In one example, the NSCIB at a server is meaningful when the server is configured to be part of an STP-only CTN configuration or if the STP-migration bit in the NSCIB is equal to one.

One embodiment of a new stratum-1 configuration information block 300 is described with reference to FIG. 3. New stratum-1 configuration information block 300 includes, for instance, the following fields:

    • a) Primary Stratum-1 Node Descriptor 302: This field is valid when a single-server, dual server or triad definition has been specified in the configuration type field and includes the node descriptor of the new primary stratum-1 node.
    • b) Alternate Stratum-1 Node Descriptor 304: This field is valid when a dual server or triad definition has been specified in the configuration type field and includes the node descriptor of the new alternate stratum-1 node.
    • c) Arbiter Node Descriptor 306: This field is valid when a triad definition has been specified in the configuration type field and includes the node descriptor of the new arbiter node.
    • d) Stratum-1 Configuration Update Time 308: When the server is configured to be part of an STP-only CTN, this field includes a timestamp that indicates when the values in this block are to become current for the CTN.
    • e) Configuration Type (CType) 310: This field specifies the type of stratum-1 configuration as defined below:
      • Null definition—None of the node descriptors are valid.
      • Single server definition—Only the primary stratum-1 node descriptor is valid.
      • Dual server definition—The primary stratum-1 and alternate stratum-1 node descriptors are valid.
      • Triad definition—The primary stratum-1, alternate stratum-1 and arbiter node descriptors are valid.
    • f) Active Stratum-1 (A) 312: This field is valid when a dual server or triad definition has been specified and indicates whether the primary stratum-1 server or the alternate stratum-1 server is the active stratum-1 server.
    • g) CTN ID Change (C) 314: When the server is configured to be part of an STP-only CTN, this field indicates whether a CTN ID change is being requested and the CTN ID is valid. The change occurs at the stratum-1 configuration update time.
      • The CTN ID is a value that is used to identify a CTN. The CTN ID includes, for instance, an STP network ID and an ETR network number. The STP network ID identifies the STP network, if any, that is configured for the server. The ETR network number identifies the ETR network number, if any, that is configured for this server.
    • h) STP Migration Configuration (S) 316: This field is meaningful when, for instance, the server is not configured as an STP-only CTN. The field indicates whether an STP-only migration stratum-1 configuration has been defined for the server. When the field is, for instance, one, the NSCIB includes the stratum-1 configuration that is to become current when the CTN ID at the server is modified to an STP-only configuration. When the field is, for instance, zero, a change is being made from one STP only SCIB to another, not migrating from a mixed STP/ETR network to an STP only network.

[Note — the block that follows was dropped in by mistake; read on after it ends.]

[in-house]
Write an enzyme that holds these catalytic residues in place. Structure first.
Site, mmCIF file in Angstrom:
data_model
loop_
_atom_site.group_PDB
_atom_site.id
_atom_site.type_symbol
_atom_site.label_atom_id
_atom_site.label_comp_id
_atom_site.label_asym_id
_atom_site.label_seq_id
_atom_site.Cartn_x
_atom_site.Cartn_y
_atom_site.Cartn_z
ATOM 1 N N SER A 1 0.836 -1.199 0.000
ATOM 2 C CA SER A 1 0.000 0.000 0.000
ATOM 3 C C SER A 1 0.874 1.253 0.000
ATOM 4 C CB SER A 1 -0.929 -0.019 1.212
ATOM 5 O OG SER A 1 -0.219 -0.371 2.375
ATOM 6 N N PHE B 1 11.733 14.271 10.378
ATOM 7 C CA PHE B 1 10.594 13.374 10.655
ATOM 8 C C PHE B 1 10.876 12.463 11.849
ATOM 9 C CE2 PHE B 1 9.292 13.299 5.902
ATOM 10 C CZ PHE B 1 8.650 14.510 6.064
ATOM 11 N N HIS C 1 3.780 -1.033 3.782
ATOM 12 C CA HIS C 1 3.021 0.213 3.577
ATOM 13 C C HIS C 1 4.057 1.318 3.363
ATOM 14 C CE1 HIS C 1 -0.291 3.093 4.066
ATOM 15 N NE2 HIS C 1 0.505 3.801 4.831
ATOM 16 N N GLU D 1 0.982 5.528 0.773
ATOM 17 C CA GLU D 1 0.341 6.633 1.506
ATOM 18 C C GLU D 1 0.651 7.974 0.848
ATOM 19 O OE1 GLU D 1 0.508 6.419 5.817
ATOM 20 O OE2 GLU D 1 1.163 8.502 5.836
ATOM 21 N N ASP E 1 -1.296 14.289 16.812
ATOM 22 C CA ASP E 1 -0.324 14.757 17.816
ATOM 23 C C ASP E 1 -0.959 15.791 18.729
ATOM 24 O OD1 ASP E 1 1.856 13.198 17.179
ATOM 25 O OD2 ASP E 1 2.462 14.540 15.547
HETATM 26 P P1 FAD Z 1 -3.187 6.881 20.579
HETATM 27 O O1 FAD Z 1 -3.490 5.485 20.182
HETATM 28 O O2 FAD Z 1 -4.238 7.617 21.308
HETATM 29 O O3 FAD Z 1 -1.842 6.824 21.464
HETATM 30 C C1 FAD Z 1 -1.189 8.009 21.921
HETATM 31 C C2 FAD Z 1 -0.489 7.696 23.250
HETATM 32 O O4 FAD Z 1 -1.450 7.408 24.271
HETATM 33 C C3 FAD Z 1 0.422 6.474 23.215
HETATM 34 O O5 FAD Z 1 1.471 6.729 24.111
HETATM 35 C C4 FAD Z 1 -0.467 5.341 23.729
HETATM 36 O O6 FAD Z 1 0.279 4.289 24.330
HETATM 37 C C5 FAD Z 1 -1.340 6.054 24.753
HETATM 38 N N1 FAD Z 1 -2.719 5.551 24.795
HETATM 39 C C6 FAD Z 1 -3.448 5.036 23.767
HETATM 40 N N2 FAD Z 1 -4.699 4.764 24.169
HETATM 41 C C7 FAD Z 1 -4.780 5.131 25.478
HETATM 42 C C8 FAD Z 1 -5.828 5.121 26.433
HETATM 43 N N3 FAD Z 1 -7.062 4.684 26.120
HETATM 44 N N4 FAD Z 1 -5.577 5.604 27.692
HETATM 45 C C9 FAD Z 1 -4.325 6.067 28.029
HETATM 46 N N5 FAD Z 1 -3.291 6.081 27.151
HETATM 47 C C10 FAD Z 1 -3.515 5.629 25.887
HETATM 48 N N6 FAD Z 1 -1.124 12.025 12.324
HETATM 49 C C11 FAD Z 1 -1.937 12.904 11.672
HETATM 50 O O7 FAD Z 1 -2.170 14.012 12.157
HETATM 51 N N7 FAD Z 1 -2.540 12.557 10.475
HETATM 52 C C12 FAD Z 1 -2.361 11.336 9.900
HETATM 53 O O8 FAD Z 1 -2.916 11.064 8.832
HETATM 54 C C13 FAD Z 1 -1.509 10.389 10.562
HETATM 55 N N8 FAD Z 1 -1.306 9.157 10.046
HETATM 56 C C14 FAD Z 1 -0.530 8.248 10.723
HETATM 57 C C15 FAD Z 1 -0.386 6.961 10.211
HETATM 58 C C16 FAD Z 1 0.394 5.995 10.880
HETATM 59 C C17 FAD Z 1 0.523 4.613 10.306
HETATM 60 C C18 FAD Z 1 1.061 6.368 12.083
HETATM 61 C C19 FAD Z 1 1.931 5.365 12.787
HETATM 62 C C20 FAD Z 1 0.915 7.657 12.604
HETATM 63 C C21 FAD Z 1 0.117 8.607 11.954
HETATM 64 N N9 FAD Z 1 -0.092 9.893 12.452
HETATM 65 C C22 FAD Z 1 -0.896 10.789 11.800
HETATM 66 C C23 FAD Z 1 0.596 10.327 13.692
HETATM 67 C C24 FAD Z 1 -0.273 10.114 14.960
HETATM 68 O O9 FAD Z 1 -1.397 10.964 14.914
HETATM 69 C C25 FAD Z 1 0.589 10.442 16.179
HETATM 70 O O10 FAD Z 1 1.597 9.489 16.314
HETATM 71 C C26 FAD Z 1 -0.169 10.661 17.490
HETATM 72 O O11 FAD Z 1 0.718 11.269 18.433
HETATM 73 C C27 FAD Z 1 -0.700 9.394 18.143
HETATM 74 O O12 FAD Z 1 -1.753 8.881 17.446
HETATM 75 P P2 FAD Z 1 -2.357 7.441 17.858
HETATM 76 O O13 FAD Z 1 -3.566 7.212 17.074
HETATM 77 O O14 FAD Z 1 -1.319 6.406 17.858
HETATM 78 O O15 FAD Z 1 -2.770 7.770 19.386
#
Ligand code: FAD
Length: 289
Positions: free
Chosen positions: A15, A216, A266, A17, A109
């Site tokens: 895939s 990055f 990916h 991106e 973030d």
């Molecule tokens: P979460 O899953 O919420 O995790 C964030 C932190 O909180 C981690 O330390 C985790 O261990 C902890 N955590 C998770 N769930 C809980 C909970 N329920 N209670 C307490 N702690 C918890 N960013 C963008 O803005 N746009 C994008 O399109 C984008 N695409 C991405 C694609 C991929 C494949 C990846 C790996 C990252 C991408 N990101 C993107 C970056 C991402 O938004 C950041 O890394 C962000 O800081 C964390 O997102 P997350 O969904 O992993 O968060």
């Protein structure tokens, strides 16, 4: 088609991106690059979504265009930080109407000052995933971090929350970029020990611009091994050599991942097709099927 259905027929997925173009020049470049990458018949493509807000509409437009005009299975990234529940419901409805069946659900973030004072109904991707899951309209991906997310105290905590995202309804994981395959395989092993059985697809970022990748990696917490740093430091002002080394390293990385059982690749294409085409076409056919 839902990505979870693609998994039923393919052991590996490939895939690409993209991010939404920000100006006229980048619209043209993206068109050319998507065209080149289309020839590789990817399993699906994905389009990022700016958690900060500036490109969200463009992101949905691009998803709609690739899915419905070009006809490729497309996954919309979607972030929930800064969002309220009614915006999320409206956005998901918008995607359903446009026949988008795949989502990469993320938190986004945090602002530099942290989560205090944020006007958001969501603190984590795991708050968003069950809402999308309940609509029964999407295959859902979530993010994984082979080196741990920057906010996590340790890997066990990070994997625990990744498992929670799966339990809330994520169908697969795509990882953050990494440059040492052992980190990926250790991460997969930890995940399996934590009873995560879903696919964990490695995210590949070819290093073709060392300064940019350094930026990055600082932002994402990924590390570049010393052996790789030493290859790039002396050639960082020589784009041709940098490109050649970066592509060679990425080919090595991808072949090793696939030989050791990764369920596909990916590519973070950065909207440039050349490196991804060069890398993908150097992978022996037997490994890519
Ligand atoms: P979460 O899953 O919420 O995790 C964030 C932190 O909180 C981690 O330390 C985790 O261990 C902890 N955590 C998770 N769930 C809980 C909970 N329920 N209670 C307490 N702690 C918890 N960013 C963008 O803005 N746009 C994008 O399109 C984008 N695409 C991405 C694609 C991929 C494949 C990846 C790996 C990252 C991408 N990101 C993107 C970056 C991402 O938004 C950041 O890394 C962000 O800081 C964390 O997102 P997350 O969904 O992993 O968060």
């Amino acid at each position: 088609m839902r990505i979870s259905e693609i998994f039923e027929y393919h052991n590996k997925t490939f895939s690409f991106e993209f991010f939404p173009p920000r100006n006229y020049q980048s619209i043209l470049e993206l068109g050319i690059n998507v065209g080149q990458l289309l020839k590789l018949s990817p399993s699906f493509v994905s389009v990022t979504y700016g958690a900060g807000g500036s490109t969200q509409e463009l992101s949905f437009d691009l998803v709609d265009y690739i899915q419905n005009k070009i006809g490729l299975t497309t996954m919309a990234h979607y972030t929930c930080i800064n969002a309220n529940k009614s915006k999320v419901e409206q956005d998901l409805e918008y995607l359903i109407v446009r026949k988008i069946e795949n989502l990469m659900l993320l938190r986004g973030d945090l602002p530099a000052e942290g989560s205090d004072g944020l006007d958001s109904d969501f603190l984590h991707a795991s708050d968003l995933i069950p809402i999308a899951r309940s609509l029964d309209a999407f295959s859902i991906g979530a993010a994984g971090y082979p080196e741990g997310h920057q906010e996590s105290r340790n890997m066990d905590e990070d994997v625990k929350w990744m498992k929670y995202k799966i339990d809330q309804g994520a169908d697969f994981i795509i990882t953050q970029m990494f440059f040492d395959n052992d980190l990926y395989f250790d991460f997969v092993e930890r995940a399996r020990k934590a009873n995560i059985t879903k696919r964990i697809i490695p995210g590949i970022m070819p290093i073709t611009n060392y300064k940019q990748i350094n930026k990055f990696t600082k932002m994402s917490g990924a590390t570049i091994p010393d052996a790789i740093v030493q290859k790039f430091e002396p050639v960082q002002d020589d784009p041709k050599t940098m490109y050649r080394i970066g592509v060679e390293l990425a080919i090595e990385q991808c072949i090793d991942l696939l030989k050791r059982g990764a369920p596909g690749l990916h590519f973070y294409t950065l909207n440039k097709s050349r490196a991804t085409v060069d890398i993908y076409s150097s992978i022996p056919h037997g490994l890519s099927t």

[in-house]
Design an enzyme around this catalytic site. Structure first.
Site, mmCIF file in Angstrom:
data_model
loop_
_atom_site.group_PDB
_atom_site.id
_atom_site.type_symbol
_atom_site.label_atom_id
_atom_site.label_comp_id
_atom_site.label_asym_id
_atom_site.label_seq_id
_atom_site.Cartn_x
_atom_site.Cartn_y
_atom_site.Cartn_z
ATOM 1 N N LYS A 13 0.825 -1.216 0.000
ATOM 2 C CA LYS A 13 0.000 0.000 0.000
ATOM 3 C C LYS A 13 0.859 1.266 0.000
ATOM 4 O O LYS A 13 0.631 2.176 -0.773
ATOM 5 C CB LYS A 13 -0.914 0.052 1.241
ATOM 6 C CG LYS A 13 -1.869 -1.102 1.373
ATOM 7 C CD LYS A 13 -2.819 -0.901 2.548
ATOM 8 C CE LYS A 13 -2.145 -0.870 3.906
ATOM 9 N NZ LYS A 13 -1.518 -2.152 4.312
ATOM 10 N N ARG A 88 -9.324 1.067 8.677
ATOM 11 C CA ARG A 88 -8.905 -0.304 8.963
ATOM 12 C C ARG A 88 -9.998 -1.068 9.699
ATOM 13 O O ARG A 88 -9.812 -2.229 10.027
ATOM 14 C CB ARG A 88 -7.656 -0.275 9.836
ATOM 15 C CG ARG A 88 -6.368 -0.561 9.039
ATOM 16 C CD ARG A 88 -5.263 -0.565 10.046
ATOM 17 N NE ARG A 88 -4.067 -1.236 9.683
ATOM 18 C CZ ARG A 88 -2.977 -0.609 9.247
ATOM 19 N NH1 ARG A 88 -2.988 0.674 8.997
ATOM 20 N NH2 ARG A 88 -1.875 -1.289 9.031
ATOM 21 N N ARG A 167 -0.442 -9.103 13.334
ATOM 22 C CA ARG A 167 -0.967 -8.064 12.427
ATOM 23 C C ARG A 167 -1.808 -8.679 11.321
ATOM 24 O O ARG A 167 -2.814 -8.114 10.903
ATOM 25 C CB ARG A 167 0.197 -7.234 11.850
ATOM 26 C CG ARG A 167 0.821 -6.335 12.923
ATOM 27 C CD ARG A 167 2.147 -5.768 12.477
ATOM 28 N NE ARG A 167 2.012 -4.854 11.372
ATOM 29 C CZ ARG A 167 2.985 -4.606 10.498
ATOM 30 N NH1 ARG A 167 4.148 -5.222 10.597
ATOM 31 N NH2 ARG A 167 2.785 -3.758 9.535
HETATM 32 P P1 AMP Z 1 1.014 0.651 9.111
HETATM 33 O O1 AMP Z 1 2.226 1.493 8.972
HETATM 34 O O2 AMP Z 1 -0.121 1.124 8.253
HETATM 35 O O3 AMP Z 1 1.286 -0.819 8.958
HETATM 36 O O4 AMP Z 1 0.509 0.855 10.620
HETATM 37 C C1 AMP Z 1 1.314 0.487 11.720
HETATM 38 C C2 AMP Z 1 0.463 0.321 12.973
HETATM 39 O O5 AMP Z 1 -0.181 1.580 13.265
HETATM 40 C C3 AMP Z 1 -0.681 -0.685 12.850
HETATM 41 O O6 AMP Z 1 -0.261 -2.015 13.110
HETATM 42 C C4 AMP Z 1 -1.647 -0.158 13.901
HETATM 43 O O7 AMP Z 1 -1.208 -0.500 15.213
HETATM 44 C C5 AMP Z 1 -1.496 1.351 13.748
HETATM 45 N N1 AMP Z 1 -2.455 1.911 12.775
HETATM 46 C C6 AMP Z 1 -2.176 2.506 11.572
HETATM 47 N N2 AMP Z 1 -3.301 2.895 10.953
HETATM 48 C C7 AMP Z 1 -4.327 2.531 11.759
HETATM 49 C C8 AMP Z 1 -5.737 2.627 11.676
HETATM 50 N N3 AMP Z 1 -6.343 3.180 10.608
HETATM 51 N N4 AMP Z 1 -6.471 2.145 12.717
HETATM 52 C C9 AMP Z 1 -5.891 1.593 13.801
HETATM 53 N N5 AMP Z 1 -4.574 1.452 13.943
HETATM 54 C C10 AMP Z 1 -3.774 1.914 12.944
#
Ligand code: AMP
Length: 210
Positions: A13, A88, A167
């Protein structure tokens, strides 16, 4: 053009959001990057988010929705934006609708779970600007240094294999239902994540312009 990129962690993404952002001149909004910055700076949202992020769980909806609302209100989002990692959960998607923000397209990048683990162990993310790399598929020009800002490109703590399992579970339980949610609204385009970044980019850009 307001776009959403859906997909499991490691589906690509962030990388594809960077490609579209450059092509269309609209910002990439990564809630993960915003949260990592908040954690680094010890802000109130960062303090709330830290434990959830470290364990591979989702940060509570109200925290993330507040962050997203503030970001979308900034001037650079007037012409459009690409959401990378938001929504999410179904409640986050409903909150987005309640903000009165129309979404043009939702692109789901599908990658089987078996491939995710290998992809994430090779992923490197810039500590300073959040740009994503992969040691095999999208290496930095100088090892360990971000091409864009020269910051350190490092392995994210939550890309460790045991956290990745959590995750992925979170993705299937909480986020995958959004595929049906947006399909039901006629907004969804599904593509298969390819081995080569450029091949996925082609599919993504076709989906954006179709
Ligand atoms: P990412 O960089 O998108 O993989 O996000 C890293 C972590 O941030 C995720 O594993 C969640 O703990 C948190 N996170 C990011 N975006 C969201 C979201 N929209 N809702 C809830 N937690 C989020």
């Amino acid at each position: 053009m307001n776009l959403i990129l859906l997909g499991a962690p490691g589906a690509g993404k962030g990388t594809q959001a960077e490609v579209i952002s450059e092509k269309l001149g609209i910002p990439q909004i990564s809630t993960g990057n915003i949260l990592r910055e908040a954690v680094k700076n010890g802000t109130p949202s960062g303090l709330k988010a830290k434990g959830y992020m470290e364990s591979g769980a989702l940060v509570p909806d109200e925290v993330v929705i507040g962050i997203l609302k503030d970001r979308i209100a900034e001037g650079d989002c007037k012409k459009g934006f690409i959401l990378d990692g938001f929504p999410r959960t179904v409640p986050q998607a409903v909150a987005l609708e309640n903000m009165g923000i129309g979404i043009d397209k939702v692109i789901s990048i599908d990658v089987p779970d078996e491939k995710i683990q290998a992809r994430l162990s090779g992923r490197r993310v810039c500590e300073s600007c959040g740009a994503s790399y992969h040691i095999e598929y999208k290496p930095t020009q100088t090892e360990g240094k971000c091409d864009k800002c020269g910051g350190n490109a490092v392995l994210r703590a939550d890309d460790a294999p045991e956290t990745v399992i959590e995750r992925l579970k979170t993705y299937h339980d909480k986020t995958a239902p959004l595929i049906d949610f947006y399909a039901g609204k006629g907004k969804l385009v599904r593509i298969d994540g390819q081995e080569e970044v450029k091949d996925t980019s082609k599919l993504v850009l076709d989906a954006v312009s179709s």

• i) Single CEC CTN (X) 318: This field is valid when the configuration type specifies a single server definition and when one, as an example, indicates the CTN is a single CEC CTN. When the field is, for instance, zero, the CTN is not a single CEC CTN.
    • j) Recovery Configuration (R) 320: This field indicates whether the stratum-1 configuration described by this block is the result of a stratum-1 recovery action or a console command.
    • k) Stratum-1 Maximum Short Term Skew Rate Change 322: This field includes a value that specifies the maximum possible change in the skew rate of the physical oscillator at the new stratum-1 server that may occur over any specified period (e.g., 1 second).
    • l) New CTN ID 324: This field is valid when the CTN-ID change indicator specifies a CTN ID change request and a valid CTN ID. This field specifies the new CTN ID.

If the new stratum-1 configuration information block is not to be used to specify an update to the CTN ID, then the block may not include the CTN ID change bit or the new CTN ID, as an example. Further details on coordinated timing networks and on defining a stratum-1 configuration for a timing network are described in the following applications: U.S. Ser. No. 11/876,152 entitled “Facilitating Synchronization of Servers in a Coordinated Timing Network,” filed Oct. 22, 2007; U.S. Ser. No. 11/876,199 entitled “Definition of a Primary Active Server in a Coordinated Timing Network,” filed Oct. 22, 2007; and U.S. Ser. No. 11/876,240 entitled “Employing Configuration Information to Determine the Role of a Server in a Coordinated Timing Network,” filed Oct. 22, 2007, each of which is hereby incorporated herein by reference in its entirety.

In accordance with an aspect of the present invention, servers within a CTN can operate with different capabilities than other servers of the CTN. As one example, the level of capability of a server includes a level of timing capability for the server, including aspects related to STP timing. These aspects include, for instance, recovery, configuration, time management, formatting of time synchronization messages and/or TOD clock synchronization.